If General Victor Leo Malu had been alive last Tuesday, he would have thrown up watching the virtual meeting between, inter alia, our president and the US Secretary of State, Antony Blinken. I believe Malu must have squirmed in his grave.
Twenty years ago, Gen Malu lost his job as army chief, by his own accounts, for opposing American strategic security presence in Nigeria. He told The Punch that, “The US does not mean well for us and for anybody. They want things in their interest and that is how they protect their interest. National security is above any individual.”
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Last Tuesday, President Buhari literally pissed on Malu’s grave as he begged America to relocate its Africa command’s headquarters, currently on German soil, to Africa. Buhari reeled out a farrago of excuses why he thought the continent needed American military presence on African soil. He wants America to help fight insurgency for the continent, or to be precise, for Nigeria. That moment of presidential panhandling was one Malu would never have thought would happen in a century.
As a soldier, Malu commanded the regional force, ECOMOG, in Liberia. He did so well and commanded so much respect that Charles Taylor saw him as a threat and canvassed for his withdrawal. During Malu’s tenure as ECOMOG commander, a former American Ambassador, Howard Jeter, who was on the field there, wrote a sterling testimonial on the sterling quality of the Nigerian Army (NA) in peacekeeping operations. He even gave Malu two copies of that report as a sign of trust.
You can imagine Malu’s consternation when the same Americans offered to train Nigerian soldiers in peacekeeping duties. Malu rejected the offer, but Obasanjo who, like contemporary Nigerian rulers, adores foreign adulation more than local idolisation, was on the verge of signing the Nigeria-America security agreement. He fired Malu.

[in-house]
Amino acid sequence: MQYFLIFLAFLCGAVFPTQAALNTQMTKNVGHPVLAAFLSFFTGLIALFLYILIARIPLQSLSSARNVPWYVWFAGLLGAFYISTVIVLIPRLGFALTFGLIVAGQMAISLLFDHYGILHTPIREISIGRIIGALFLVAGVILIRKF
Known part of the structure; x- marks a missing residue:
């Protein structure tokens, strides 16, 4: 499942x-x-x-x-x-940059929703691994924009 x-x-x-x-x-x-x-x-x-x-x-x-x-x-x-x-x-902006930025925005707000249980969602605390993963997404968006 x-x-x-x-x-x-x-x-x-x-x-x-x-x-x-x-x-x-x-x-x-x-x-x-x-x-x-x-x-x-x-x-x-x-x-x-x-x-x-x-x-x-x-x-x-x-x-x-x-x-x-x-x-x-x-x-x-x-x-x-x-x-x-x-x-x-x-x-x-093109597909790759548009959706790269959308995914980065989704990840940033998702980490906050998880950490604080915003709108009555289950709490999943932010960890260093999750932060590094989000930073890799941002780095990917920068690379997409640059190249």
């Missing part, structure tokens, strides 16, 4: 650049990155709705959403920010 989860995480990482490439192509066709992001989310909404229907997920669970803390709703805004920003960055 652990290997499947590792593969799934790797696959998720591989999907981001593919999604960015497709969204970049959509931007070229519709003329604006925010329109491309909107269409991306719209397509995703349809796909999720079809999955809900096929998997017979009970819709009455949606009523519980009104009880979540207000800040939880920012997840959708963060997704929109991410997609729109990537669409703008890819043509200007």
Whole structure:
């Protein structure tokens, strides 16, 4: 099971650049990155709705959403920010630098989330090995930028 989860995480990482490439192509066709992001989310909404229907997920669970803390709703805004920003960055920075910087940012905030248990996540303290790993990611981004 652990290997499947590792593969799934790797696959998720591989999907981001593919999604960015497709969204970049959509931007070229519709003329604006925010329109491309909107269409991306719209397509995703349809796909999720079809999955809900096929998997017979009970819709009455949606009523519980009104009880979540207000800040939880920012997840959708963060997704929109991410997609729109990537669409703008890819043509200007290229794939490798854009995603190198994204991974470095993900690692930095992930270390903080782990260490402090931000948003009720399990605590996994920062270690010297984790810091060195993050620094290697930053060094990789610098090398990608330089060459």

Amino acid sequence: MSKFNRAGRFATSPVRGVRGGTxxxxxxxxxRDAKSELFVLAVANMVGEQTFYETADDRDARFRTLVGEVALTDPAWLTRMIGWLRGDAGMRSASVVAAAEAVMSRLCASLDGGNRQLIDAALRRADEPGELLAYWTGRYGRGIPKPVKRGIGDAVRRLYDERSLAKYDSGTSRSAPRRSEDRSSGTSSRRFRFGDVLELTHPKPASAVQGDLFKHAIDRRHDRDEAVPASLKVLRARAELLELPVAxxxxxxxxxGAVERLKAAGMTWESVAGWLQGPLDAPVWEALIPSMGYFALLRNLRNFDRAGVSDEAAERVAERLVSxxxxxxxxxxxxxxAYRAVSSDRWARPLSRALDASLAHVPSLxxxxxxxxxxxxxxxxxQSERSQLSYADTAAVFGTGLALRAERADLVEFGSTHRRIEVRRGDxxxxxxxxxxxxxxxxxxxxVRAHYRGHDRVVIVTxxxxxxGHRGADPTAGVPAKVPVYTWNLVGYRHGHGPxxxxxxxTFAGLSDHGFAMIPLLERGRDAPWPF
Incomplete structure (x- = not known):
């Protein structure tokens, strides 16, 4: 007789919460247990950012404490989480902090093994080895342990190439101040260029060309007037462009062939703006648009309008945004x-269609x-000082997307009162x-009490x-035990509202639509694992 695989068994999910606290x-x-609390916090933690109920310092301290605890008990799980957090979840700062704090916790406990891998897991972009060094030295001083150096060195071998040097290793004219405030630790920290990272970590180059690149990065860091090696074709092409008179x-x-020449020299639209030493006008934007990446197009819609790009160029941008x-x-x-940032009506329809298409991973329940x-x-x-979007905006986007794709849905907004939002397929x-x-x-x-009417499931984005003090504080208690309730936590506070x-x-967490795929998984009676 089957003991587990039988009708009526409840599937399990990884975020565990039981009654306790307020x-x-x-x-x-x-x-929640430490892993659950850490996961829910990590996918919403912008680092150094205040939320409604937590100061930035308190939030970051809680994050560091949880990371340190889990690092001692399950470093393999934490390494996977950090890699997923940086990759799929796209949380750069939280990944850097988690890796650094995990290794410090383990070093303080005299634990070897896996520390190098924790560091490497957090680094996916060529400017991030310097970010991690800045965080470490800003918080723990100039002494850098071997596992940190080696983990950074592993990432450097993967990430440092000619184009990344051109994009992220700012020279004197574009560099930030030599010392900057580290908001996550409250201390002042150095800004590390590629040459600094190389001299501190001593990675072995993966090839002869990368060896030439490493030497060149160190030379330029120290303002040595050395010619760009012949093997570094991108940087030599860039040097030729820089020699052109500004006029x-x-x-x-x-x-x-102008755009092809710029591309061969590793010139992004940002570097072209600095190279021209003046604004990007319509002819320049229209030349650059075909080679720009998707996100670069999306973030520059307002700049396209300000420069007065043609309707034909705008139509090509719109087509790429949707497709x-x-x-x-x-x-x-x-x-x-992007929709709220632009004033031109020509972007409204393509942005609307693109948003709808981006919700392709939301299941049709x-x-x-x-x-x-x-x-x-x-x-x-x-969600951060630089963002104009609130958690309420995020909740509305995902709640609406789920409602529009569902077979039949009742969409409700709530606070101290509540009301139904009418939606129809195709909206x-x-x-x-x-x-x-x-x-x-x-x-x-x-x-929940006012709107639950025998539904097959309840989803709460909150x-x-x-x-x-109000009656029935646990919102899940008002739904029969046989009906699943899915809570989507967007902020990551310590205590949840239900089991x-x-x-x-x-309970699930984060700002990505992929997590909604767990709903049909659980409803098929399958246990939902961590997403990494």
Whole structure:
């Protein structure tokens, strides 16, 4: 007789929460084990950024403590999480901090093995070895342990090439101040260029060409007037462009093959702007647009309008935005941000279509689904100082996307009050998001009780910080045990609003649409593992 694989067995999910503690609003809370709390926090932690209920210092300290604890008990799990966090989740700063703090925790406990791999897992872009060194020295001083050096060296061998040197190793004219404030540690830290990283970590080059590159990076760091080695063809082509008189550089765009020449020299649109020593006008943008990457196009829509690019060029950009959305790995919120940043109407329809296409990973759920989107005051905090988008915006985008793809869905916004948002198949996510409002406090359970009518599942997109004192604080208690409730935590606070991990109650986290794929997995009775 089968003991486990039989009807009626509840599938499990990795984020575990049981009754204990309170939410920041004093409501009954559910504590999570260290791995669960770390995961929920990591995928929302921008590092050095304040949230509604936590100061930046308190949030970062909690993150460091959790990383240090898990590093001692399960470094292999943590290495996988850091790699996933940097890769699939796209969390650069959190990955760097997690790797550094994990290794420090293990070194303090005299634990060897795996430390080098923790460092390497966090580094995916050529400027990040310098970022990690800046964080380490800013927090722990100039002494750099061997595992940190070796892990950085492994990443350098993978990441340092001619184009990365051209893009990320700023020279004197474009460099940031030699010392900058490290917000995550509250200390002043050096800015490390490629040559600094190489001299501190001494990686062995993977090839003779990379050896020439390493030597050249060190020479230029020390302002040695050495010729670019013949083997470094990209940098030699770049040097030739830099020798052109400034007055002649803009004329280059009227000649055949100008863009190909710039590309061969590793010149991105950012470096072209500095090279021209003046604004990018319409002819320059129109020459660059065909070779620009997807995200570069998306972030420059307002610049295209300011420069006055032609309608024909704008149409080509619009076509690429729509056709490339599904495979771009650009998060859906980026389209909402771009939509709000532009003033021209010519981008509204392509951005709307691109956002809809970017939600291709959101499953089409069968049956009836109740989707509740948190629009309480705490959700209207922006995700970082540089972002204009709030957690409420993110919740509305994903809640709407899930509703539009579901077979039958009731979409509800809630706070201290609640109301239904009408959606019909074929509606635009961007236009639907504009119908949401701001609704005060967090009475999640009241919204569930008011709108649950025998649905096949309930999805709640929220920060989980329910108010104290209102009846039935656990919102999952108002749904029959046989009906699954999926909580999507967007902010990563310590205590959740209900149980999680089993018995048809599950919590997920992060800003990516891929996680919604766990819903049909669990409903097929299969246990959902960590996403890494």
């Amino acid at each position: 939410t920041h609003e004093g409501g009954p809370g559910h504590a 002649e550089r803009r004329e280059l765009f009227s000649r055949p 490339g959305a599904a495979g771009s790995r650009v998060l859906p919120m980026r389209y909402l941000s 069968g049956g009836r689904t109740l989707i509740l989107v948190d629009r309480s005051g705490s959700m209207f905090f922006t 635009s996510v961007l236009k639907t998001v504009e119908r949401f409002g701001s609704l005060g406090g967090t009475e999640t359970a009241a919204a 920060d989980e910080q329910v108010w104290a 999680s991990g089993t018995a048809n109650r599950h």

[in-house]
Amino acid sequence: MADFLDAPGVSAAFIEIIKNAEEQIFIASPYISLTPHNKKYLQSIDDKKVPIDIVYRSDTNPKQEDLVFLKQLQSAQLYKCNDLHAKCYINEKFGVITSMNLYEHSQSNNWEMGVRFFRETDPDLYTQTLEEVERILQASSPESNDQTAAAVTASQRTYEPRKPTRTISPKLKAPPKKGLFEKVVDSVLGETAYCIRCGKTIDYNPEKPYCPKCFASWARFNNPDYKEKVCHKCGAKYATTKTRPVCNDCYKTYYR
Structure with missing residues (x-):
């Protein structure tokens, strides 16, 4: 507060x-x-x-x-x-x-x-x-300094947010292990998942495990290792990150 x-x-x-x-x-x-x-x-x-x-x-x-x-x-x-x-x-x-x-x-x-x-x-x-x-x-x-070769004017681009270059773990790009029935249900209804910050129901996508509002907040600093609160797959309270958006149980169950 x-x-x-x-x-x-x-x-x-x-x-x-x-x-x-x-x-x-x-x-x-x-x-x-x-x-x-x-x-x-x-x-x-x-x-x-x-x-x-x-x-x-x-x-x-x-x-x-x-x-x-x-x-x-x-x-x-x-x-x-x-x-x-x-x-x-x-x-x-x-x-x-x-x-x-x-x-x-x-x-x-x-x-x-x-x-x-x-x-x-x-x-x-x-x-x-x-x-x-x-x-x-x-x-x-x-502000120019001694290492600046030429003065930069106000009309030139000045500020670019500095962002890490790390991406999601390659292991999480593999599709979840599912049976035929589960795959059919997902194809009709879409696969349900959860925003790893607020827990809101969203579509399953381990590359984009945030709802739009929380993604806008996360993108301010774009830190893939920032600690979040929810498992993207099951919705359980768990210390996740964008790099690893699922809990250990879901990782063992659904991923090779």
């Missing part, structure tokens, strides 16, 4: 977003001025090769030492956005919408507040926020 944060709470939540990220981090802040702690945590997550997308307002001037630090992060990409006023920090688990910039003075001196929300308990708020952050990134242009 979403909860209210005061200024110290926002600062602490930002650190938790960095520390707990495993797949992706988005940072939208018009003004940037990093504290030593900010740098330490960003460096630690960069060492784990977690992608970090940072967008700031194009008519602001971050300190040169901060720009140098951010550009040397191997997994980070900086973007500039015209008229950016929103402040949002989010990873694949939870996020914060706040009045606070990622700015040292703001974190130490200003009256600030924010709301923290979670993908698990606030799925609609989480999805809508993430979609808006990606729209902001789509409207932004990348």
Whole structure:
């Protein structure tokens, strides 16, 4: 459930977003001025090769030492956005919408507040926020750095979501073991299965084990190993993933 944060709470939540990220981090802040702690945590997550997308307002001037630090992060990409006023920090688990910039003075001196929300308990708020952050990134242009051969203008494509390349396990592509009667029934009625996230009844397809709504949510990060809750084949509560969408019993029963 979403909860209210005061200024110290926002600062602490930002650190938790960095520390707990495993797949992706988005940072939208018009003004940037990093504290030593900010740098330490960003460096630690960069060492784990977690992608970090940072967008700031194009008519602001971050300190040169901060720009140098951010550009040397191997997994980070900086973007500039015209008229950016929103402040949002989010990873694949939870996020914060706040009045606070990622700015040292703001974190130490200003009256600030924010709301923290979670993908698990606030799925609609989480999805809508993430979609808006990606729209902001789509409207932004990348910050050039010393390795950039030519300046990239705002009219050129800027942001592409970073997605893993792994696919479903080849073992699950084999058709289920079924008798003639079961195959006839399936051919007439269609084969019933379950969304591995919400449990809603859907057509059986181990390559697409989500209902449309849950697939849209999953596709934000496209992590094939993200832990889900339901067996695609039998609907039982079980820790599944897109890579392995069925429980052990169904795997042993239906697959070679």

Out of government, Malu continued to heckle Obasanjo’s cozy relationship with the Americans. In 2015, at the Arewa House, Malu regretted not unseating Obasanjo when he had the chance. This was deep, because Malu had convicted Oladipo Diya and others to harsh jail terms for a phantom mutiny.
Malu was a typical Nigerian we used to be a proud who wore our nationalistic haughtiness like a cock proudly displays its cockscomb.
The Nigerian Army used to be a force to reckon with, from our first peacekeeping operation in Lebanon, through ending a civil war and lately playing pivotal roles in bringing peace to Liberia and Sierra Leone.
It must have been hard for Buhari’s military chiefs, some of who were trained or mentored by Malu, hearing their Commander-in-Chief (C-inC) begging to be recolonised.
Buhari has been begging for assistance since he assumed office. Beginning with Obama and running through Trump’s White House where he was said to have been described in uncomplimentary terms. Buhari has lost the last vestige of military pride. His reported Tuscano aircraft are yet to arrive even though Trump has lost re-election and a new president has been sworn in.
Our military have moved from being a fighting force to glorified armed boy scouts. Days before Buhari’s mendicant appeal, the air force played down a friendly fire in which it strafed 20 or more of its own soldiers in the war against Boko Haram.
Weeks ago, Buhari trembled at the death of Chad’s Idris Deby. The presidency is more concerned these days either hobnobbing with or humiliating spiritual charlatans and begging for prayers to end the insurgency while pocketing its jumbo pay and perks.